Lift Up Holy Hands

Kindred in Christ,

My ministry coach, Beth Estock, who is also the co-author of Weird Church: Welcome to the 21st Century, has influenced me to practice embodied prayers. As a way of growing from a posture where I was often swayed too easily by the fleeting circumstances of life (which is something I identified I wanted to work on), she offered me the imagery of The Way of the Grounded Oak Tree. The Oak Tree, Beth reminded me, is an intricate part of the rest of the forest life, deeply rooted among its fellow trees and connected to all living things simply by its being. It can weather a storm and is not easily moved, for it is deeply connected to the earth and its true value.

More than reflecting on this concept in my head, Beth offered me a somatic prayer practice where a few times a week I stand in wide legged mountain pose. Ground myself in the earth and feel my feet rooted in the ground and imagine power rising up through my body. I raise my arms up over my head in v shape to the sky and imagine I am drinking in the light and love of the universe.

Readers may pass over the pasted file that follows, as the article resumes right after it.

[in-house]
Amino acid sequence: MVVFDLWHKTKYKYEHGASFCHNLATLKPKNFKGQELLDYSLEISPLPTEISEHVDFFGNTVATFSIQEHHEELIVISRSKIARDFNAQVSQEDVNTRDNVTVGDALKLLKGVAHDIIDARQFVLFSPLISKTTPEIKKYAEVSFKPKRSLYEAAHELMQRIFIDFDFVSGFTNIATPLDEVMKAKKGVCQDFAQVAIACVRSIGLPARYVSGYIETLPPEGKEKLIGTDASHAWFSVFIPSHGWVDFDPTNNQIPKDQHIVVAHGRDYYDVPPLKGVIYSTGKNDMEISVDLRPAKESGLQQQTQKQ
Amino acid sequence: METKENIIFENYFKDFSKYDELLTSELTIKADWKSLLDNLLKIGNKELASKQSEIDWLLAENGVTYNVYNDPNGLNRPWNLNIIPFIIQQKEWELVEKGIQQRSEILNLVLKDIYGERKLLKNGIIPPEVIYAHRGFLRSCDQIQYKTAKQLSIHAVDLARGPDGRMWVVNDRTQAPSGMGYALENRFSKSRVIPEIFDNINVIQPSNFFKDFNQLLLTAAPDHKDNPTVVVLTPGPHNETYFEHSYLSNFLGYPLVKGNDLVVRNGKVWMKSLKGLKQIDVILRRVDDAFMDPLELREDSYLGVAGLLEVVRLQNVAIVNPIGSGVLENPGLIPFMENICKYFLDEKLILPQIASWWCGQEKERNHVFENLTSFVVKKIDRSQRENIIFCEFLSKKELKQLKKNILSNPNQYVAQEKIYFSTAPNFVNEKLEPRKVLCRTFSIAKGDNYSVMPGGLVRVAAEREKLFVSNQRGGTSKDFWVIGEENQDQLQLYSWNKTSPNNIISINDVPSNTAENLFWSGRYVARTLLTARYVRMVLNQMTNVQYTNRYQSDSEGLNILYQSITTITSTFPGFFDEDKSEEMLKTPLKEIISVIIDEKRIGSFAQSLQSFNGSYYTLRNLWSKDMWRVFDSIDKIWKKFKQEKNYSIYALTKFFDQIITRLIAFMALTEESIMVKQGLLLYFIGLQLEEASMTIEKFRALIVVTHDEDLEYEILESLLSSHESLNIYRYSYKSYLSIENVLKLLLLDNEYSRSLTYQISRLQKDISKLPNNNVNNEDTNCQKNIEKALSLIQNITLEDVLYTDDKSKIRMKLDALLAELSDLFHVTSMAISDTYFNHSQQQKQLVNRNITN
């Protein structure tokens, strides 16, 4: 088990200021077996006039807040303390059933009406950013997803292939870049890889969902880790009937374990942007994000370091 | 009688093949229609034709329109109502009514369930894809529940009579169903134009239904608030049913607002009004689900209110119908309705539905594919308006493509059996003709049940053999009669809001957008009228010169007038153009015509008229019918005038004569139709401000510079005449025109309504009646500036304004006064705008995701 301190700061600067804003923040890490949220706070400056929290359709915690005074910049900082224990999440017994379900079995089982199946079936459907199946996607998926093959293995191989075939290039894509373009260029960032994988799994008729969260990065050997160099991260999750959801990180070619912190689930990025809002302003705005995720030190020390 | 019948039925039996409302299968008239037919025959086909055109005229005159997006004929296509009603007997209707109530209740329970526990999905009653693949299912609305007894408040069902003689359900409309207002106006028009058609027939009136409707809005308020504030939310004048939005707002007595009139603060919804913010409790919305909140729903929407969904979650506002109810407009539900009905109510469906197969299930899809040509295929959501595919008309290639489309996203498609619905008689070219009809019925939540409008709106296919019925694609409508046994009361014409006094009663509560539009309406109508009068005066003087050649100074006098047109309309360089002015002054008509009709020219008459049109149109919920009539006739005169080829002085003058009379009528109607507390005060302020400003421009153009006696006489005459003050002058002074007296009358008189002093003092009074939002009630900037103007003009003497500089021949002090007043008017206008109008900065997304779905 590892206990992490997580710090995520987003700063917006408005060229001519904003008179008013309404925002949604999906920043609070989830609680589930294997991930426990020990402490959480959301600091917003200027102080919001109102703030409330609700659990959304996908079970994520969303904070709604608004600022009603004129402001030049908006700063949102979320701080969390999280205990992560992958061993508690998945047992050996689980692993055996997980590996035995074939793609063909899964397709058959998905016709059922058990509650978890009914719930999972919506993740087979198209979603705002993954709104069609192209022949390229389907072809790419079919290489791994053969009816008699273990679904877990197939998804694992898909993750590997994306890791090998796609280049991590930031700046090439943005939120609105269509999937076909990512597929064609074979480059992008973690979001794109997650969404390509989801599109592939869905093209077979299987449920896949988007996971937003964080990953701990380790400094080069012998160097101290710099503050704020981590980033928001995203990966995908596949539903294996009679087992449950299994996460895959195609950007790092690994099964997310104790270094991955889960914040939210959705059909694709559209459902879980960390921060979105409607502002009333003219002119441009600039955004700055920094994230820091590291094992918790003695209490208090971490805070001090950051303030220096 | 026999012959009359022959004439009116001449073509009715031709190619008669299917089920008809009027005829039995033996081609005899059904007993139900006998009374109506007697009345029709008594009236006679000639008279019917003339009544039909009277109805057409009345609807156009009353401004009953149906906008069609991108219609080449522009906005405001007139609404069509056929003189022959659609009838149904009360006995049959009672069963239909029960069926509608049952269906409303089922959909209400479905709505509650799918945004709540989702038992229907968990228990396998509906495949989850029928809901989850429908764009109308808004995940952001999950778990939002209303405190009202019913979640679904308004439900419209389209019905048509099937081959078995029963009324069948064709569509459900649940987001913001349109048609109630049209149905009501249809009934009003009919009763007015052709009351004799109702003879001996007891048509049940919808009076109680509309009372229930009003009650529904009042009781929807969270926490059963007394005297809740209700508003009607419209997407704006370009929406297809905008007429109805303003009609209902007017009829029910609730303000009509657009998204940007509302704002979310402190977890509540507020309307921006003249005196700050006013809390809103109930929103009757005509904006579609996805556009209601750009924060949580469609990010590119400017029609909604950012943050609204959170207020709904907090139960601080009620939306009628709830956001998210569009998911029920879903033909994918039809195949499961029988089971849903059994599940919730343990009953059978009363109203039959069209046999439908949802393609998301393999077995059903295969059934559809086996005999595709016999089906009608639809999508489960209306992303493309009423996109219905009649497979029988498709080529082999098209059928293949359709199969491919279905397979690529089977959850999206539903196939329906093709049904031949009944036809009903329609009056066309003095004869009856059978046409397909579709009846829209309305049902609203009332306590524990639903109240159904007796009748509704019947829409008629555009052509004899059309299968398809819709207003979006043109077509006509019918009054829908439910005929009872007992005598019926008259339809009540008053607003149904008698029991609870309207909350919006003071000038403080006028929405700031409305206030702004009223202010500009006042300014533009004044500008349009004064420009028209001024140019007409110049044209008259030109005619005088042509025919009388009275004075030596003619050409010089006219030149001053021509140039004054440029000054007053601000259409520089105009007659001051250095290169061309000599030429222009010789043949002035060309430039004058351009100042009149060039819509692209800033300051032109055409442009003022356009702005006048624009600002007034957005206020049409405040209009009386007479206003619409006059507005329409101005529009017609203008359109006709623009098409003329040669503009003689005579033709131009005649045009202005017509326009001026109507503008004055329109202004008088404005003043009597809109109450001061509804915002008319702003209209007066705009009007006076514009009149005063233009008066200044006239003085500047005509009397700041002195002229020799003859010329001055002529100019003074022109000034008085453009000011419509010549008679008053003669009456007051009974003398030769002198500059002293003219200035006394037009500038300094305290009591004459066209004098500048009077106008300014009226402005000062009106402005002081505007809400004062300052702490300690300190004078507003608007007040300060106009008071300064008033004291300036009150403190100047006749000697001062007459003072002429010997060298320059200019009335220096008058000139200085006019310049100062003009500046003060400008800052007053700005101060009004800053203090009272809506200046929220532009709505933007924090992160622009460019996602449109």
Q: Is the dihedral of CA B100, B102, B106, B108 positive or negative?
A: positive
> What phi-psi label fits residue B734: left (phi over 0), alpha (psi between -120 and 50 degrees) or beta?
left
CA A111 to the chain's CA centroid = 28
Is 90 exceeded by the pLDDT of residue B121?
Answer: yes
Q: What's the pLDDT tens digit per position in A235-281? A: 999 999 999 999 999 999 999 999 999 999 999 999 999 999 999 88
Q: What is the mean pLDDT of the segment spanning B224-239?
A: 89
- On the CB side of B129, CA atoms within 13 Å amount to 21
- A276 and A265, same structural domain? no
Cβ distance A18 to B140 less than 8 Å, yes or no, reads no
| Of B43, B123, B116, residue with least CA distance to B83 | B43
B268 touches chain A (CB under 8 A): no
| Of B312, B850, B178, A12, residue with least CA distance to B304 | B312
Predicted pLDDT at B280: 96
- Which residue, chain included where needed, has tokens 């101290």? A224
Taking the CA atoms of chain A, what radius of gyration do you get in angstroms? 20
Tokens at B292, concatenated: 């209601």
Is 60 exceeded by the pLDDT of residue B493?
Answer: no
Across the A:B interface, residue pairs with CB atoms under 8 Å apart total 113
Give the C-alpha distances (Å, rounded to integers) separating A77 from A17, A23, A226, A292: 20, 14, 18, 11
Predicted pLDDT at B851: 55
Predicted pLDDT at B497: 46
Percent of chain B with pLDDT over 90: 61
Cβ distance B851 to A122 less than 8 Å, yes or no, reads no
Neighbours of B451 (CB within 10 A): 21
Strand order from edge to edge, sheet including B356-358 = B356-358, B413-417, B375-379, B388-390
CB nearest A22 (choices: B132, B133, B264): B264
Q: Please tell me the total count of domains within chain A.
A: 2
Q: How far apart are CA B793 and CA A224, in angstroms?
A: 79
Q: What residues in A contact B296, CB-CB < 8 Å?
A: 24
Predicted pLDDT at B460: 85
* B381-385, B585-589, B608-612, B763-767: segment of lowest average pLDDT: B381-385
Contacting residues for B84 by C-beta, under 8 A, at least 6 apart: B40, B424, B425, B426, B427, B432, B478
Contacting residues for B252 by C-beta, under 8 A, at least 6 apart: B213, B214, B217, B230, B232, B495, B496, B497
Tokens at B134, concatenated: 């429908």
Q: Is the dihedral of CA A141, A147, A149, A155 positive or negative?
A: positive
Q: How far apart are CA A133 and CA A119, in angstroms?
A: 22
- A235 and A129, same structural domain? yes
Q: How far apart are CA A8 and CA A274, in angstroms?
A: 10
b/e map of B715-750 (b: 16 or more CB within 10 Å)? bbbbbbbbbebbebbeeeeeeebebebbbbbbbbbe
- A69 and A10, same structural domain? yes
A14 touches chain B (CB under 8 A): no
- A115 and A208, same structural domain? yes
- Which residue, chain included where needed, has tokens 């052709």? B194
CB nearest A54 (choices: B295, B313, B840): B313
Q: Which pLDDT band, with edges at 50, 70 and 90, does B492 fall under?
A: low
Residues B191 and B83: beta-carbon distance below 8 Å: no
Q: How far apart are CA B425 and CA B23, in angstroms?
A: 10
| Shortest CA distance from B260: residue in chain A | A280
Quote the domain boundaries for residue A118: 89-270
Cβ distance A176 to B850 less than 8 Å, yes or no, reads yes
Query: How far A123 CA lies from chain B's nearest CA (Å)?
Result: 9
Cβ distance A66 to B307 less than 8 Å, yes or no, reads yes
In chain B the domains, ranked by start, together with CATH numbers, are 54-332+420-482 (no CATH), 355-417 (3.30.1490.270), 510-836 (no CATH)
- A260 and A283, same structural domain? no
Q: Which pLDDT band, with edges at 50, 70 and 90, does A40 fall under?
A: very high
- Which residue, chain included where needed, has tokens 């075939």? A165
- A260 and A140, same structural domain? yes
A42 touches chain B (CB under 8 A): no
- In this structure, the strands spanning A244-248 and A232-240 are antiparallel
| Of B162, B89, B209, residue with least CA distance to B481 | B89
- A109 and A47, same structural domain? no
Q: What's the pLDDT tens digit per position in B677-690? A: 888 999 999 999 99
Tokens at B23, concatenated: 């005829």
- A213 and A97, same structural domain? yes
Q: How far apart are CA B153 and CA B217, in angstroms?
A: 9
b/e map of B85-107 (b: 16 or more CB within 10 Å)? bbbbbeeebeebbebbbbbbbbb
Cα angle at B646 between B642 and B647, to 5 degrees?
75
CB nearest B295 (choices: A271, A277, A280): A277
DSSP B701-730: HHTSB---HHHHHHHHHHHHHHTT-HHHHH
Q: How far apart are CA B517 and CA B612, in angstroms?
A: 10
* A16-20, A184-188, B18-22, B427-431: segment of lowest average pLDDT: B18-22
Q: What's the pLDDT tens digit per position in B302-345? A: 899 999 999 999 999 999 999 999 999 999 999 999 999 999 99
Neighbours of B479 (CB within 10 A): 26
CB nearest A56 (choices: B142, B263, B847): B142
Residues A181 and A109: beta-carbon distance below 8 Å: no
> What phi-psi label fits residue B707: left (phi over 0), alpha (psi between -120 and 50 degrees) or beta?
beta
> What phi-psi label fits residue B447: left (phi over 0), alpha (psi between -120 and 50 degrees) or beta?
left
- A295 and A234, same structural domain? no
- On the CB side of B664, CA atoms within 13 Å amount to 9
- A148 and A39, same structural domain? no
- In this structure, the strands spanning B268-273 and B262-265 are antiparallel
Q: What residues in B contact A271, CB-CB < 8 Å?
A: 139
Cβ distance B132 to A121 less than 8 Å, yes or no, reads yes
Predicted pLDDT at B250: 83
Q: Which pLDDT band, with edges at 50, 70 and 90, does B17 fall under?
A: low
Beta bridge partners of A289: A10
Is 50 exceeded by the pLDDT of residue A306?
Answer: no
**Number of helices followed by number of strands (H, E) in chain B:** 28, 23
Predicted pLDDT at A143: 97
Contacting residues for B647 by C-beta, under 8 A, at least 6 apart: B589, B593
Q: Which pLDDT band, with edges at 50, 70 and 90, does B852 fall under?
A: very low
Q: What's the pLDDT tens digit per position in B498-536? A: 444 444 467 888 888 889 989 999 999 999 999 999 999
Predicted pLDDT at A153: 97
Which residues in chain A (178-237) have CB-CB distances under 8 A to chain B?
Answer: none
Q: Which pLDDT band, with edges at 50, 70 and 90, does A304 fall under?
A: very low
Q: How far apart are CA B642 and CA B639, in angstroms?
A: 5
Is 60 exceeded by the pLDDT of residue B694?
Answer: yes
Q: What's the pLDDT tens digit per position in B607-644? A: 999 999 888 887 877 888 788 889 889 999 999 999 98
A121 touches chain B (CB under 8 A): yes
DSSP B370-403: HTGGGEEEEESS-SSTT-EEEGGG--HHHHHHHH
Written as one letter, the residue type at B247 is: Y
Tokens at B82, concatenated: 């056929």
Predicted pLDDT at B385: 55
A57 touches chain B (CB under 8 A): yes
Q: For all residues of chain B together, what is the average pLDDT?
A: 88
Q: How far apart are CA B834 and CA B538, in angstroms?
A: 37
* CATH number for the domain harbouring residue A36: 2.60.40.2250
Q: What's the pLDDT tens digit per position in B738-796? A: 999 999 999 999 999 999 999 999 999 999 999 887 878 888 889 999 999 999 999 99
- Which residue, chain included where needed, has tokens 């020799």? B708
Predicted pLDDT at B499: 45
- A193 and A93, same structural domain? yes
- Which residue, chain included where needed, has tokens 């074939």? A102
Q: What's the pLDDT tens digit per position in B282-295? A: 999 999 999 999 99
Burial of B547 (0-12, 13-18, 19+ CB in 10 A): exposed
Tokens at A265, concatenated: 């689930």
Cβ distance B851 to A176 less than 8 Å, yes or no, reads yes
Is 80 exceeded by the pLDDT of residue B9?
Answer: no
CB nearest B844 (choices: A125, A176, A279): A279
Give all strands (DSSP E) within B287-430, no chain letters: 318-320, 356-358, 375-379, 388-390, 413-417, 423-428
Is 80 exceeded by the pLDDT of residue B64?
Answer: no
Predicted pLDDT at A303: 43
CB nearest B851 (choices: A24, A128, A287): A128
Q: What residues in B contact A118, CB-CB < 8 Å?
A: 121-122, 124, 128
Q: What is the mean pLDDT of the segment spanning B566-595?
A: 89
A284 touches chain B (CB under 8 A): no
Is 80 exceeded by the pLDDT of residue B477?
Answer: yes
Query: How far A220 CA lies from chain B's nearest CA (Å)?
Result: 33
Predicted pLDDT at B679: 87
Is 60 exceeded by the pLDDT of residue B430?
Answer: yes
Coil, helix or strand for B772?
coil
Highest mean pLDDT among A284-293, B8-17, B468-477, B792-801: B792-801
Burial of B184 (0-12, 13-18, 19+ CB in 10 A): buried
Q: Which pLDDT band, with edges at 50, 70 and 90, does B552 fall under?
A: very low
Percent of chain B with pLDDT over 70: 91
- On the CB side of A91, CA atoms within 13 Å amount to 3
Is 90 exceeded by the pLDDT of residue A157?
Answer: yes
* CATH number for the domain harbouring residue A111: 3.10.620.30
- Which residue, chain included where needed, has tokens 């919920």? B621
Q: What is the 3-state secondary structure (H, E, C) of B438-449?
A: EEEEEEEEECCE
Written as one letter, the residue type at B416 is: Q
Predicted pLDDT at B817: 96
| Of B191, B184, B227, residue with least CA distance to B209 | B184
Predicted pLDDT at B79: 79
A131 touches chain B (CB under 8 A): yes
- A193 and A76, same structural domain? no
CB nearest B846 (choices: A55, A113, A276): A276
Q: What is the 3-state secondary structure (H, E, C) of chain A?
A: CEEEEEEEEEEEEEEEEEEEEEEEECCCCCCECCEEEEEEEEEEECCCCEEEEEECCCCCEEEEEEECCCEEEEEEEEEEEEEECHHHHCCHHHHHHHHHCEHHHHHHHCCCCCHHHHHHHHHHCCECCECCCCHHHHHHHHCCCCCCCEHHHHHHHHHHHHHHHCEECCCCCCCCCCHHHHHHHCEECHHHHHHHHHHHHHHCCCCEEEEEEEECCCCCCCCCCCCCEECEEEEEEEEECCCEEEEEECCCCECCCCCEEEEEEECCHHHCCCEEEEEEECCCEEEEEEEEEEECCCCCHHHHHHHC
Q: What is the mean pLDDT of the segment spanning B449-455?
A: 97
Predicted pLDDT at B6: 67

At first, I found this practice to be weird and slightly uncomfortable. But the more I practiced it, the more I experienced freedom on a bodily level. This eventually translated into freedom in my emotions, mind, and spirit.

Last week we were joined by our friends from Acts on Stage and Townsend school of Music and Arts for our first Sunday in our worship collaboration series. We were led to practice worship in ways that are new and more embodied to some. Yet witnessing our hands raising and clapping, people dancing, and experiencing the energy and joy in our worship space, I know that we are being led to greater freedom. Freedom from the things that have kept our church and ourselves from being fully alive in the present moment. And freedom to Choose the Change God is offering us to make for the sake of relevant ministry in the U District.

I invite you to join us in-person this coming Sunday as we continue to explore the change God is calling us into and discern new ways to worship God together.

Alongside you,

Rev. Paul Ortiz